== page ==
Ever wondered who was born in San Francisco that grew up to be famous (or infamous)? Well, some won't surprise you, but we bet a few will!
[jump] 1. Monica Lewinsky (former White House intern known for the Lewinsky Scandal)
A former White House intern with whom United States President Bill Clinton admitted to having had what he called an “inappropriate relationship” while she worked at the White House in 1995 and 1996. The affair and its repercussions, which included Clinton's impeachment, not only became known as a national scandal, it launched Lewinsky into fame as a handbag designer and television personality.
2. William Randolph Hearst (newspaper publisher)
A newspaper publisher who built the nation's largest newspaper chain and whose methods profoundly influenced American journalism.
[page] 3. Isadora Duncan (dance pioneer)
A dancer known for fostering natural free flow in dance rhythms, instead of classical rigidity popular at the time, her untimely death became a cause of national odd news. Duncan's fondness for flowing scarves contributed to her death in an automobile accident in Nice, France. Her silk scarf, draped around her neck, became entangled around the moving, open-spoked back wheels, breaking her neck.
4. O.J. Simpson (football player, convicted felon)
Although he was an accomplished professional football player for NFL in the 70s, he forever became associated with the iconic phrase uttered by his lawyers during his murder trial: “If the glove doesn't fit, then the jury must acquit.”
5. Owen Chamberlain (physicist and Nobel Prize laureate)
Born in 1920, this Nobel laureate in physics for his discovery, with collaborator Emilio Segrè, of antiprotons, a sub-atomic antiparticle. He died in Berkely at the age of 85.
6. Robert Ingersoll Aitken (sculptor)
Aitken was a famed San Franciscan sculptor at the turn of the 20th century, who created some of the most iconic works in American sculpture. His magnum opus decorates the Supreme Court Building in Washington D.C.: the West pediment depicting Lady Liberty under the inscription “Equal Justice Under Law.”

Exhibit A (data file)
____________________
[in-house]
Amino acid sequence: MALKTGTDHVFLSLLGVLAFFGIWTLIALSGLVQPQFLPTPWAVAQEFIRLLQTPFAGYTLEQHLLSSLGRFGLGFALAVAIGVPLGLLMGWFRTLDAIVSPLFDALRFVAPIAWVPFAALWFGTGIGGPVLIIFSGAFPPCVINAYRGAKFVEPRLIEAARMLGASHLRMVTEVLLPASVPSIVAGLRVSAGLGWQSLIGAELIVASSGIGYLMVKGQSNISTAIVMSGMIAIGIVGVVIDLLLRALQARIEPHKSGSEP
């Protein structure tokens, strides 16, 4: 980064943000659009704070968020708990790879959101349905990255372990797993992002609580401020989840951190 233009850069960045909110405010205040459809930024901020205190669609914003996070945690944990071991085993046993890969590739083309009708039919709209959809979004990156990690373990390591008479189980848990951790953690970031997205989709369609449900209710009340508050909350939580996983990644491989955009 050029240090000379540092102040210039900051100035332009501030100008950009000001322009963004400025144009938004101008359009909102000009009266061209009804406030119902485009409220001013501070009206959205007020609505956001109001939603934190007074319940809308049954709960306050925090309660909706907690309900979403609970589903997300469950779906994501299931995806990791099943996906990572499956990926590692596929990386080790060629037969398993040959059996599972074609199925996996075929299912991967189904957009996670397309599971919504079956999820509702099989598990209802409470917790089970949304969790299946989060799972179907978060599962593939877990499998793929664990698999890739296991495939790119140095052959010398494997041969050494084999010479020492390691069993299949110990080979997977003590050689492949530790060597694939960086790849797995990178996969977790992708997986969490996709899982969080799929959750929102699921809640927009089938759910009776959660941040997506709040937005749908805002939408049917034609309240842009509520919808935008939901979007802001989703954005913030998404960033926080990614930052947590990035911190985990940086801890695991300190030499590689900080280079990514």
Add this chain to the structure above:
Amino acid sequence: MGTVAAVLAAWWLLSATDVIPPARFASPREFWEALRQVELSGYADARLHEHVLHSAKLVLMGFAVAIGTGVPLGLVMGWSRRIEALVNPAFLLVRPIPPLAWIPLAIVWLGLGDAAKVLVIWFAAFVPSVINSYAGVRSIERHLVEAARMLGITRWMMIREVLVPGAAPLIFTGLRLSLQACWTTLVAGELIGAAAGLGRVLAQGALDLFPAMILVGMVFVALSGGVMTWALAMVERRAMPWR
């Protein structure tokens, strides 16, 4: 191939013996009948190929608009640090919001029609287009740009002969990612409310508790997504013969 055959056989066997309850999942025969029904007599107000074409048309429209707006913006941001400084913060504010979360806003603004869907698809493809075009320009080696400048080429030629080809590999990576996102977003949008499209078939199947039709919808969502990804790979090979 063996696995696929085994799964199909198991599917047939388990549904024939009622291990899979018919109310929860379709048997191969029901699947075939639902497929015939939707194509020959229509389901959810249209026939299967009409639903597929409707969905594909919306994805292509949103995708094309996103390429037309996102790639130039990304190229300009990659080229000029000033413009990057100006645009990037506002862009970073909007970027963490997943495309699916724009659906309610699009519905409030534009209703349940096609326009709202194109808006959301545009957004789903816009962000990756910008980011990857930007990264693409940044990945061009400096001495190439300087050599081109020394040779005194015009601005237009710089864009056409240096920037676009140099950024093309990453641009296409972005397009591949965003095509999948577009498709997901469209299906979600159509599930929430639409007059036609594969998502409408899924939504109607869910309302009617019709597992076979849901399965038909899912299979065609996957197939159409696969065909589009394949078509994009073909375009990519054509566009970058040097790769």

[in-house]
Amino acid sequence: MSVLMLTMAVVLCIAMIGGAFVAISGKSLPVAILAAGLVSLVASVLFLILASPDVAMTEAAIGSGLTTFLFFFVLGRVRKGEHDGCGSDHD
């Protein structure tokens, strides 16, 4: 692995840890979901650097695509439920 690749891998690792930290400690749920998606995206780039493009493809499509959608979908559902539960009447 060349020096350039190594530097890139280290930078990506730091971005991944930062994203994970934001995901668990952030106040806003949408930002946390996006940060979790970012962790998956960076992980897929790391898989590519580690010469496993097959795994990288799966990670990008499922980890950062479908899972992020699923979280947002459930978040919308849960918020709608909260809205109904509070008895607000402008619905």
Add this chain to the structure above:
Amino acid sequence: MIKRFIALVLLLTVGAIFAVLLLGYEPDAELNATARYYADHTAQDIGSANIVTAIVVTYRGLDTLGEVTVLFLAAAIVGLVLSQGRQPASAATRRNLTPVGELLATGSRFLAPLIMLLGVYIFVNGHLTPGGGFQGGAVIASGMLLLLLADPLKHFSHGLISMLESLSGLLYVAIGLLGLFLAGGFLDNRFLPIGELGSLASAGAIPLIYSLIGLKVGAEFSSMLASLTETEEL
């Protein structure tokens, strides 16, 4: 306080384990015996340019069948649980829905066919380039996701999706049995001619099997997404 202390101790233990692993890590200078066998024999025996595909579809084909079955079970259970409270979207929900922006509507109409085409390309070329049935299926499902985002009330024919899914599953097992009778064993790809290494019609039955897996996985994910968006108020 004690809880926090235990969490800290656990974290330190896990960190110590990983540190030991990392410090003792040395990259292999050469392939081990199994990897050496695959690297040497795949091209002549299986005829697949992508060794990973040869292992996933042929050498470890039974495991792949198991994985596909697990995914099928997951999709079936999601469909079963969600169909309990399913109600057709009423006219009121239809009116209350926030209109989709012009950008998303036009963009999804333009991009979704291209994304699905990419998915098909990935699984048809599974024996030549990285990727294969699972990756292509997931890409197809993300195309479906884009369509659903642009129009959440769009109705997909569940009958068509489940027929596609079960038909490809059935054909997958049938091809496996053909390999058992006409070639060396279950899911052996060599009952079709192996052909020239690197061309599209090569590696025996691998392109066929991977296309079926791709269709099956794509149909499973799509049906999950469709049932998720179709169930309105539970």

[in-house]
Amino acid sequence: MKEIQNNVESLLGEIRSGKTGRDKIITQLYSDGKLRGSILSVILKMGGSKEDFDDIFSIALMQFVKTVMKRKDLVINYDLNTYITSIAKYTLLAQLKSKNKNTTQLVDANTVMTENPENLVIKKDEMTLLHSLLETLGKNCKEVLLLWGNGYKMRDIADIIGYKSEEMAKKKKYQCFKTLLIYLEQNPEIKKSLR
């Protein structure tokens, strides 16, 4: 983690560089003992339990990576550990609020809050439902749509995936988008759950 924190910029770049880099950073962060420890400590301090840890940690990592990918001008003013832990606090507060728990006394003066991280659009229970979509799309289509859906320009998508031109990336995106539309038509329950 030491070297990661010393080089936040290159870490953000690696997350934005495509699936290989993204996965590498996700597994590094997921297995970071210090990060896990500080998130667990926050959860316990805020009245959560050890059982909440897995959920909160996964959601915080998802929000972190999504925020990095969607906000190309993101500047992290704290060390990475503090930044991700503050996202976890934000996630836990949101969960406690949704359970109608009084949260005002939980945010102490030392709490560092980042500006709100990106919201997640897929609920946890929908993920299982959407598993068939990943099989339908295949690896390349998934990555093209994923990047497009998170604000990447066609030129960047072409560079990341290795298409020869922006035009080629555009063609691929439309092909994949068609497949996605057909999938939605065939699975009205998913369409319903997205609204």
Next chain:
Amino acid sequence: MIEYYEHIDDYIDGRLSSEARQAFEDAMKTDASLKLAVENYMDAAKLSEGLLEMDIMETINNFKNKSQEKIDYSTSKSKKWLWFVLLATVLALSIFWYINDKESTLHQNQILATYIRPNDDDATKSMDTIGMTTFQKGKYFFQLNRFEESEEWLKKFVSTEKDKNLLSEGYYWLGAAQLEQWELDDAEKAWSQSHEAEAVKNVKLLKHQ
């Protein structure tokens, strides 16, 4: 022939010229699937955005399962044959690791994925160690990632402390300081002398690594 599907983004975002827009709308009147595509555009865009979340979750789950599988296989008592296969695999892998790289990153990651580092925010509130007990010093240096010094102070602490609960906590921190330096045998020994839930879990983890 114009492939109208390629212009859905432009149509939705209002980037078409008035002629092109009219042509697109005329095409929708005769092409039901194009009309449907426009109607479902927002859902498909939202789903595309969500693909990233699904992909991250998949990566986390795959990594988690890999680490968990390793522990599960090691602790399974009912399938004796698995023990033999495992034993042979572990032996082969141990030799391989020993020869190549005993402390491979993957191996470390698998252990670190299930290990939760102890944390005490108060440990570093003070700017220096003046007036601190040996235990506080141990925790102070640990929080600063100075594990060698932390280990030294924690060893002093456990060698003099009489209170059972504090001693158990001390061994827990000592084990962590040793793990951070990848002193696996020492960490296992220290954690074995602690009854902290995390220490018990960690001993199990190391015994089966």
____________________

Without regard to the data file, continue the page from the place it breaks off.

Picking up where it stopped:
7 Steve Jobs (technology innovator)
Jobs (born in 1955) was the cofounder, chairman, and CEO of Apple Inc. Through Apple, he became the design-driven pioneer of the personal computer revolution and for his influential career in the computer and consumer electronics fields, transforming virtually industrie such as film to smartphones.
8. Natalie Wood (Hollywood screen goddess)
A film and television actress best known for her leading lady screen roles in some of the greatest classic American films ever made such as Miracle on 34th Street, Splendor in the Grass, Rebel Without a Cause, and West Side Story.
9. Bruce Lee (martial arts master)
Lee was a catalyst of change, not just in the field of mixed martial arts, but in public perception. In 1959 a short, skinny, bespectacled 18-year-old guy who lived most of his life in Hong Kong traveled back to the United States — a country that was still in the throngs of casting Chinese people in stereotypical roles as house servants and other likeminded supporting roles. But he managed to carve a niche for himself, and became more than just a star — he became an icon of strength: with steely sinew, a threatening stare and a cocky, pointed finger.
10. Margaret Cho (comedian, actress, writer)
Born in SF in 1968, Cho made a career through her stand-up routines, through which she critiques social and political problems, especially those pertaining to race and sexuality. A few months ago, she was seen back in her hometown busking for a good cause.
[page] Other celebrities also born in San Francisco include Robert Frost, Ansel Adams, Clint Eastwood, Courtney Love, Joe DiMaggio, Benjamin Bratt.